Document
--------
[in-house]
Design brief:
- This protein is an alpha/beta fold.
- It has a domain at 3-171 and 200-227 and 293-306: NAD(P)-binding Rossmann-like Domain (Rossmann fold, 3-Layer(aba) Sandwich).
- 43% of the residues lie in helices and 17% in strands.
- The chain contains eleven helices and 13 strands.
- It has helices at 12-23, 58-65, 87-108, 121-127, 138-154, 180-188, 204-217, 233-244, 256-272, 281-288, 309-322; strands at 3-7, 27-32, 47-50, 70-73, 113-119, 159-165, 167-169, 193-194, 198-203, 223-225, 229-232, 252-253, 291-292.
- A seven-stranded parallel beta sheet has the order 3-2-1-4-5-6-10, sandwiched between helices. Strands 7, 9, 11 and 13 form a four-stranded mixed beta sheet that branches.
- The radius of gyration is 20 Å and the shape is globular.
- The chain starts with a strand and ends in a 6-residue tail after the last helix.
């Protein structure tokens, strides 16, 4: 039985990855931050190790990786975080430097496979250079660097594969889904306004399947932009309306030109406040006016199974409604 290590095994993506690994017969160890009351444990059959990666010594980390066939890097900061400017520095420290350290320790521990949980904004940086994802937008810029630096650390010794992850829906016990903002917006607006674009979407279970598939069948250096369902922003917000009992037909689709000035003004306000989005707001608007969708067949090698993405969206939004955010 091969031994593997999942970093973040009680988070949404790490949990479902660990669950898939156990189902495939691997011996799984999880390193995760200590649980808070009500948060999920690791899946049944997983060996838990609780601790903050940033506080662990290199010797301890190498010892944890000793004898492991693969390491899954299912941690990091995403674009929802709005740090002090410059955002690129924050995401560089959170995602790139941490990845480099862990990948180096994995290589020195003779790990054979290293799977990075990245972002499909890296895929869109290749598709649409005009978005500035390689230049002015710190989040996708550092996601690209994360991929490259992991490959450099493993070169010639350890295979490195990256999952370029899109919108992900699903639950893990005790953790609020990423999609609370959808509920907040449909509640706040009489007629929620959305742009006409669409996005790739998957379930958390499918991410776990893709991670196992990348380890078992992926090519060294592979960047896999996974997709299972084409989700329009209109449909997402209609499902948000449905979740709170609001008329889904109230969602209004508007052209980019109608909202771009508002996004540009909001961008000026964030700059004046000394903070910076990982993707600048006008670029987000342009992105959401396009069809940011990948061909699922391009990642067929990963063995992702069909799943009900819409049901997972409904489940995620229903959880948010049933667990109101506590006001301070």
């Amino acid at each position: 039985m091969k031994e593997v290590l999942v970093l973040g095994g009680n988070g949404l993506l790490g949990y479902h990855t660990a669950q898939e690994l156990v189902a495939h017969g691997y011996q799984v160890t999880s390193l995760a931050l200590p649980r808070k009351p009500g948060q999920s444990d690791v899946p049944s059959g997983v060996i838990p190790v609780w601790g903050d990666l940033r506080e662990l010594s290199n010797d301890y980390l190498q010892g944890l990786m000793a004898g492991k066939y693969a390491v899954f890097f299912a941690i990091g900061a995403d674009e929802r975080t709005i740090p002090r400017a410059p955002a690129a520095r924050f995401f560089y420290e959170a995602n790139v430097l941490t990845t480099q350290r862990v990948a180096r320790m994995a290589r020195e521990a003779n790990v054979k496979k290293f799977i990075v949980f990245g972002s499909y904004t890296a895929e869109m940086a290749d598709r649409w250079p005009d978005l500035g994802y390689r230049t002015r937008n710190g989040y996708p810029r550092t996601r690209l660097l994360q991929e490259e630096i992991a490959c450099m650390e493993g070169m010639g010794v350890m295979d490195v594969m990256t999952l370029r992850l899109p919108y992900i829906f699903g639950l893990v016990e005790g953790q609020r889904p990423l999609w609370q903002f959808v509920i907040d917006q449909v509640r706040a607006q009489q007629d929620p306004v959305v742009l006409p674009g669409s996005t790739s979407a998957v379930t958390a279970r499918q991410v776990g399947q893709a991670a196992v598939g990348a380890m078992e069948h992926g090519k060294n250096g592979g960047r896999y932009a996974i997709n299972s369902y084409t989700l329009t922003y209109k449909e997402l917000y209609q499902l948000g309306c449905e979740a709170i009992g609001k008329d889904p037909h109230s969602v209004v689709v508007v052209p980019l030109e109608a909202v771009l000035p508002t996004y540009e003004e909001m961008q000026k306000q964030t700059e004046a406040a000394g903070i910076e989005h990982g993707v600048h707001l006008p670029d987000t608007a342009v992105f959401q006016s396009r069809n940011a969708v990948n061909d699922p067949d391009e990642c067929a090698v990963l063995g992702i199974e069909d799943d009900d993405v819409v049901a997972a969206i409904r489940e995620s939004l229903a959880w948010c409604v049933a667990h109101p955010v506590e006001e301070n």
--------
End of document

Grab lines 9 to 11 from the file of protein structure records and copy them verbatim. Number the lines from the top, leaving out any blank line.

- The radius of gyration is 20 Å and the shape is globular.
- The chain starts with a strand and ends in a 6-residue tail after the last helix.
């Protein structure tokens, strides 16, 4: 039985990855931050190790990786975080430097496979250079660097594969889904306004399947932009309306030109406040006016199974409604 290590095994993506690994017969160890009351444990059959990666010594980390066939890097900061400017520095420290350290320790521990949980904004940086994802937008810029630096650390010794992850829906016990903002917006607006674009979407279970598939069948250096369902922003917000009992037909689709000035003004306000989005707001608007969708067949090698993405969206939004955010 091969031994593997999942970093973040009680988070949404790490949990479902660990669950898939156990189902495939691997011996799984999880390193995760200590649980808070009500948060999920690791899946049944997983060996838990609780601790903050940033506080662990290199010797301890190498010892944890000793004898492991693969390491899954299912941690990091995403674009929802709005740090002090410059955002690129924050995401560089959170995602790139941490990845480099862990990948180096994995290589020195003779790990054979290293799977990075990245972002499909890296895929869109290749598709649409005009978005500035390689230049002015710190989040996708550092996601690209994360991929490259992991490959450099493993070169010639350890295979490195990256999952370029899109919108992900699903639950893990005790953790609020990423999609609370959808509920907040449909509640706040009489007629929620959305742009006409669409996005790739998957379930958390499918991410776990893709991670196992990348380890078992992926090519060294592979960047896999996974997709299972084409989700329009209109449909997402209609499902948000449905979740709170609001008329889904109230969602209004508007052209980019109608909202771009508002996004540009909001961008000026964030700059004046000394903070910076990982993707600048006008670029987000342009992105959401396009069809940011990948061909699922391009990642067929990963063995992702069909799943009900819409049901997972409904489940995620229903959880948010049933667990109101506590006001301070």